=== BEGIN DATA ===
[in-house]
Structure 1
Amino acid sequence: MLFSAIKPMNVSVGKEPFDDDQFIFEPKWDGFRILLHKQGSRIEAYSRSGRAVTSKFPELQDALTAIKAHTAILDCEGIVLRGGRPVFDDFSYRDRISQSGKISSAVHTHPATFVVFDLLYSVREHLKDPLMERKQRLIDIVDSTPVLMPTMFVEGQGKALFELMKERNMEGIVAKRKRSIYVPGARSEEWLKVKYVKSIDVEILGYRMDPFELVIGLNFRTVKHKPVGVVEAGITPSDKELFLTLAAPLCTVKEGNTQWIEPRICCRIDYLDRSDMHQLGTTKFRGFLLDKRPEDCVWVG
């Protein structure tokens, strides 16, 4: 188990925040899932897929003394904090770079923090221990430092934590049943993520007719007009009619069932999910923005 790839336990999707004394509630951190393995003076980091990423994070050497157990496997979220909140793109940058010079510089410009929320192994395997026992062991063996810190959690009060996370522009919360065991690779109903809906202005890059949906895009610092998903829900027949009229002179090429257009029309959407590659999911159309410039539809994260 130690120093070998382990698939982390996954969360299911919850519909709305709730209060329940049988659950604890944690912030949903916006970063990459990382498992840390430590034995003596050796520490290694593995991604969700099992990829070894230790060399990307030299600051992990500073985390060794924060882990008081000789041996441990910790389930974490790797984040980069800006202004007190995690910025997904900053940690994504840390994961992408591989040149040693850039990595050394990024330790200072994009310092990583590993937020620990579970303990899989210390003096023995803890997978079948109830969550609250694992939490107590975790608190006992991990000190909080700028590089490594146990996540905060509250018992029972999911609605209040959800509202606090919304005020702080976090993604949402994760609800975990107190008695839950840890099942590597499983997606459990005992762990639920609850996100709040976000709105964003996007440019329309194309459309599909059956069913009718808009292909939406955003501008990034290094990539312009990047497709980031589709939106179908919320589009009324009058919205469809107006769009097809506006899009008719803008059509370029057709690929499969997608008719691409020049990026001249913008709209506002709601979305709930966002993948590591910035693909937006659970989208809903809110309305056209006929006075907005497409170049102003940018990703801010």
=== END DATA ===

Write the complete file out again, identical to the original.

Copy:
[in-house]
Structure 1
Amino acid sequence: MLFSAIKPMNVSVGKEPFDDDQFIFEPKWDGFRILLHKQGSRIEAYSRSGRAVTSKFPELQDALTAIKAHTAILDCEGIVLRGGRPVFDDFSYRDRISQSGKISSAVHTHPATFVVFDLLYSVREHLKDPLMERKQRLIDIVDSTPVLMPTMFVEGQGKALFELMKERNMEGIVAKRKRSIYVPGARSEEWLKVKYVKSIDVEILGYRMDPFELVIGLNFRTVKHKPVGVVEAGITPSDKELFLTLAAPLCTVKEGNTQWIEPRICCRIDYLDRSDMHQLGTTKFRGFLLDKRPEDCVWVG
């Protein structure tokens, strides 16, 4: 188990925040899932897929003394904090770079923090221990430092934590049943993520007719007009009619069932999910923005 790839336990999707004394509630951190393995003076980091990423994070050497157990496997979220909140793109940058010079510089410009929320192994395997026992062991063996810190959690009060996370522009919360065991690779109903809906202005890059949906895009610092998903829900027949009229002179090429257009029309959407590659999911159309410039539809994260 130690120093070998382990698939982390996954969360299911919850519909709305709730209060329940049988659950604890944690912030949903916006970063990459990382498992840390430590034995003596050796520490290694593995991604969700099992990829070894230790060399990307030299600051992990500073985390060794924060882990008081000789041996441990910790389930974490790797984040980069800006202004007190995690910025997904900053940690994504840390994961992408591989040149040693850039990595050394990024330790200072994009310092990583590993937020620990579970303990899989210390003096023995803890997978079948109830969550609250694992939490107590975790608190006992991990000190909080700028590089490594146990996540905060509250018992029972999911609605209040959800509202606090919304005020702080976090993604949402994760609800975990107190008695839950840890099942590597499983997606459990005992762990639920609850996100709040976000709105964003996007440019329309194309459309599909059956069913009718808009292909939406955003501008990034290094990539312009990047497709980031589709939106179908919320589009009324009058919205469809107006769009097809506006899009008719803008059509370029057709690929499969997608008719691409020049990026001249913008709209506002709601979305709930966002993948590591910035693909937006659970989208809903809110309305056209006929006075907005497409170049102003940018990703801010």